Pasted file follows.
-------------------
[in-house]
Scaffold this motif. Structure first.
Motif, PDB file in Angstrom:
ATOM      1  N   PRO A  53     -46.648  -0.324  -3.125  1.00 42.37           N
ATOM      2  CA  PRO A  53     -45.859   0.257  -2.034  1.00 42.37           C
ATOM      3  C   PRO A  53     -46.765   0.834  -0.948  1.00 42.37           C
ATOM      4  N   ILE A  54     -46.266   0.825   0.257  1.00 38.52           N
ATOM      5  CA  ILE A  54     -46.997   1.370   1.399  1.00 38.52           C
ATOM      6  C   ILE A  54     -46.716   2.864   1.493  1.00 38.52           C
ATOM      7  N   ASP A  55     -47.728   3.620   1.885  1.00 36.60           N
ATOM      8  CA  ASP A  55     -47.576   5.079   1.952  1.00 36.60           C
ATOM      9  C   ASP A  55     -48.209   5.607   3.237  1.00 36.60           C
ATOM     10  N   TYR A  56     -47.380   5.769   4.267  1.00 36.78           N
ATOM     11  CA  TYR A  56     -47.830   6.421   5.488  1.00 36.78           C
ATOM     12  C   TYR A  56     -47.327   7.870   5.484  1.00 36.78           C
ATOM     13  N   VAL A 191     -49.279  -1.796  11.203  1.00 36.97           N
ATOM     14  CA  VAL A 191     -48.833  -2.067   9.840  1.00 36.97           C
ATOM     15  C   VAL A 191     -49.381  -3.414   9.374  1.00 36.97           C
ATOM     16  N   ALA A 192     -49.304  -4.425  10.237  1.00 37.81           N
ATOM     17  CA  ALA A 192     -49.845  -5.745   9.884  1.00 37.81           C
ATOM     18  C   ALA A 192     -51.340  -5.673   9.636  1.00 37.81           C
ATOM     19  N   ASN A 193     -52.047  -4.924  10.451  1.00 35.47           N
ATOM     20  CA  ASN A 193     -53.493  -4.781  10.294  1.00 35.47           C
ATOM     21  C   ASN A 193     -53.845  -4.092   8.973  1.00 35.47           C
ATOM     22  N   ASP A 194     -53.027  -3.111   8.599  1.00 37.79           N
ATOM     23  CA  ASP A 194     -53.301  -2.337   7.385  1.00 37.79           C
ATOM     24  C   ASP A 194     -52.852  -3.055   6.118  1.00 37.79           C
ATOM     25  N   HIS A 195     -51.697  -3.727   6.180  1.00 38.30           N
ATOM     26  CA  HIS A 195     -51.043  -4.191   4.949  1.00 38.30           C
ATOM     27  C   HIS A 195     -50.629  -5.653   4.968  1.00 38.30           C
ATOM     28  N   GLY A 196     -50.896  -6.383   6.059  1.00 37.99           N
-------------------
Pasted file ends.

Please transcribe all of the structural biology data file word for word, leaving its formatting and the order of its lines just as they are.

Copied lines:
[in-house]
Scaffold this motif. Structure first.
Motif, PDB file in Angstrom:
ATOM      1  N   PRO A  53     -46.648  -0.324  -3.125  1.00 42.37           N
ATOM      2  CA  PRO A  53     -45.859   0.257  -2.034  1.00 42.37           C
ATOM      3  C   PRO A  53     -46.765   0.834  -0.948  1.00 42.37           C
ATOM      4  N   ILE A  54     -46.266   0.825   0.257  1.00 38.52           N
ATOM      5  CA  ILE A  54     -46.997   1.370   1.399  1.00 38.52           C
ATOM      6  C   ILE A  54     -46.716   2.864   1.493  1.00 38.52           C
ATOM      7  N   ASP A  55     -47.728   3.620   1.885  1.00 36.60           N
ATOM      8  CA  ASP A  55     -47.576   5.079   1.952  1.00 36.60           C
ATOM      9  C   ASP A  55     -48.209   5.607   3.237  1.00 36.60           C
ATOM     10  N   TYR A  56     -47.380   5.769   4.267  1.00 36.78           N
ATOM     11  CA  TYR A  56     -47.830   6.421   5.488  1.00 36.78           C
ATOM     12  C   TYR A  56     -47.327   7.870   5.484  1.00 36.78           C
ATOM     13  N   VAL A 191     -49.279  -1.796  11.203  1.00 36.97           N
ATOM     14  CA  VAL A 191     -48.833  -2.067   9.840  1.00 36.97           C
ATOM     15  C   VAL A 191     -49.381  -3.414   9.374  1.00 36.97           C
ATOM     16  N   ALA A 192     -49.304  -4.425  10.237  1.00 37.81           N
ATOM     17  CA  ALA A 192     -49.845  -5.745   9.884  1.00 37.81           C
ATOM     18  C   ALA A 192     -51.340  -5.673   9.636  1.00 37.81           C
ATOM     19  N   ASN A 193     -52.047  -4.924  10.451  1.00 35.47           N
ATOM     20  CA  ASN A 193     -53.493  -4.781  10.294  1.00 35.47           C
ATOM     21  C   ASN A 193     -53.845  -4.092   8.973  1.00 35.47           C
ATOM     22  N   ASP A 194     -53.027  -3.111   8.599  1.00 37.79           N
ATOM     23  CA  ASP A 194     -53.301  -2.337   7.385  1.00 37.79           C
ATOM     24  C   ASP A 194     -52.852  -3.055   6.118  1.00 37.79           C
ATOM     25  N   HIS A 195     -51.697  -3.727   6.180  1.00 38.30           N
ATOM     26  CA  HIS A 195     -51.043  -4.191   4.949  1.00 38.30           C
ATOM     27  C   HIS A 195     -50.629  -5.653   4.968  1.00 38.30           C
ATOM     28  N   GLY A 196     -50.896  -6.383   6.059  1.00 37.99           N